Co-curricular philosophy dilutes academics

editorial cartoon by Yasuyuki Nagasawa
editorial cartoon by Yasuyuki Nagasawa

In the past decade, the Student Affairs Office has grown to become what appears to be top heavy; rapid­ly growing and ever expanding, out­numbering most academic depart­ments at the University of La Verne.

On the whole, the Office includes eight sub-offices. It is part of the co­curricular philosophy of the University. In the past, the office was only responsible for residential activities and on-campus events; over the past years, it has grown to include the Substance Abuse Prevention Program, the Lambda yearbook, Aramark Food Services, Campus Ministry, Career Develop­ment, Health Center, International Student Services, Minority Student Affairs Office, Residential Life and the Office of Student Life. While each of the offices is indeed worth­while, is there a need for an admin­istration twice as large as that of all the academic areas of the University?

The two schools that serve the traditional undergraduate, the College of Arts and Sciences and the School of Business, combined have two deans and two assistants.

Over 23 staff members work in student services. Ironically, only 11 people work full time in the Financial Aid Office – an office that must cater to all of ULV’s stu­dents, in which the tra­ditional undergrad­uates are the minori­ty. Here is a sugges­tion – maybe if the school shifted some of the student ser­vices staff to the Financial Aid Office, students would com­plain of the lack of service less?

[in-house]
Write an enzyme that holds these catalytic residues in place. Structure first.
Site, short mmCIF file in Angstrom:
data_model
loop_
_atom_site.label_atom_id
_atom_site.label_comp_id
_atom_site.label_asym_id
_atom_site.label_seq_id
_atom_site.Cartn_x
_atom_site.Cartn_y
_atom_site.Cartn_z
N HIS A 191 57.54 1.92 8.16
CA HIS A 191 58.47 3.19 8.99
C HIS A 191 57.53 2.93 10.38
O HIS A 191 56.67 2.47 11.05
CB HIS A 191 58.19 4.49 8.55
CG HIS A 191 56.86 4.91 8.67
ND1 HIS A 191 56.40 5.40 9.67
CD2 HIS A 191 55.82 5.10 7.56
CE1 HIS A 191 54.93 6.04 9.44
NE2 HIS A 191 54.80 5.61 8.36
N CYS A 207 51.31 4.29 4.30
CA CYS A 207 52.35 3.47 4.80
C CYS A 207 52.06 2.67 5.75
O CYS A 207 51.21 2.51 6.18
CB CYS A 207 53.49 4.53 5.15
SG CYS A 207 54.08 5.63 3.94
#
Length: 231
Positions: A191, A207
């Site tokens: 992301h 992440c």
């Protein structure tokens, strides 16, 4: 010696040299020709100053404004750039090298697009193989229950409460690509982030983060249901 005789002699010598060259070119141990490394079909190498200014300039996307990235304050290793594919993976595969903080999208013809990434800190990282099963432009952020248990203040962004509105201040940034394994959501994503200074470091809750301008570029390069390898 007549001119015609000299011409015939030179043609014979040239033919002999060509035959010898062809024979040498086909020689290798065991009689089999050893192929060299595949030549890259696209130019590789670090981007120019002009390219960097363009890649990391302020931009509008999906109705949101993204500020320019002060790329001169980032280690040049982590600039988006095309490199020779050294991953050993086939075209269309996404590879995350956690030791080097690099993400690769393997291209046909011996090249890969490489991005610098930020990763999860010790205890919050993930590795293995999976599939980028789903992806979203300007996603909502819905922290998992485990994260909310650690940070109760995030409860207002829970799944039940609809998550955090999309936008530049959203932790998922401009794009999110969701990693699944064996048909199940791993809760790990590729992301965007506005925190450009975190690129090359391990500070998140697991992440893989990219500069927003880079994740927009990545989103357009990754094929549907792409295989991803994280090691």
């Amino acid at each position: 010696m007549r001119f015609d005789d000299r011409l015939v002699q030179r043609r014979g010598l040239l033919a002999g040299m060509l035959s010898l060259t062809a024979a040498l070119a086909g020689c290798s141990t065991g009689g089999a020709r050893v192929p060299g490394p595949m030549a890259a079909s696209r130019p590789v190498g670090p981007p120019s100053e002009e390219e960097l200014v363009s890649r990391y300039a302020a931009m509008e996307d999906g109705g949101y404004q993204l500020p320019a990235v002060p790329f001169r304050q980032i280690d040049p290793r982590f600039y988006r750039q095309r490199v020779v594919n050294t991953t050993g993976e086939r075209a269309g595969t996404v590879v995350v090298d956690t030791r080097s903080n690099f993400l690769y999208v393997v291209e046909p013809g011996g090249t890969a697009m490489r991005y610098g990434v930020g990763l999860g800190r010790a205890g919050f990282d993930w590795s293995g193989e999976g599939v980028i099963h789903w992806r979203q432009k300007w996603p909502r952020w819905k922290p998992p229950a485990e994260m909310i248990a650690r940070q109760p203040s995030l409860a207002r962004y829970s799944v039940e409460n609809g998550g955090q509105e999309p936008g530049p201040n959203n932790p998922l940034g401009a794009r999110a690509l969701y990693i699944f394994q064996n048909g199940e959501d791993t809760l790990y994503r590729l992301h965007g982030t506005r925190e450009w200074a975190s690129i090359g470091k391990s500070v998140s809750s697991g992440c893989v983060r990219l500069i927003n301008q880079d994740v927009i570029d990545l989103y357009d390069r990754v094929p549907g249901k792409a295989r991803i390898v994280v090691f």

The Campus Times urges the University to look at how one area on campus could be so heavy with administrators, while other areas have such a scarcity. It is time that ULV stop floating toward building student services at the expense of academics. People do not necessarily choose a college by how many student ser­vices assistant deans a school has, but on the academic opportunities it offers. In a time when students are scraping for financial aid, is it wise to build up non-academic areas?

While many of the services offered are necessary, does each organization really need a t-shirt or pencils or various knick-knacks to advertise itself?

The University no longer uses the term “extra-curricular.” Now the wording of choice is “co-curricular,” suggesting that the traditional undergraduate student receives as much of their education through extra-curricular activity as through academics. While this is true, let us not forget why students attend col­lege. There needs to be a balance so that the co-curricular aspects do not take away from the academic impor­tance.

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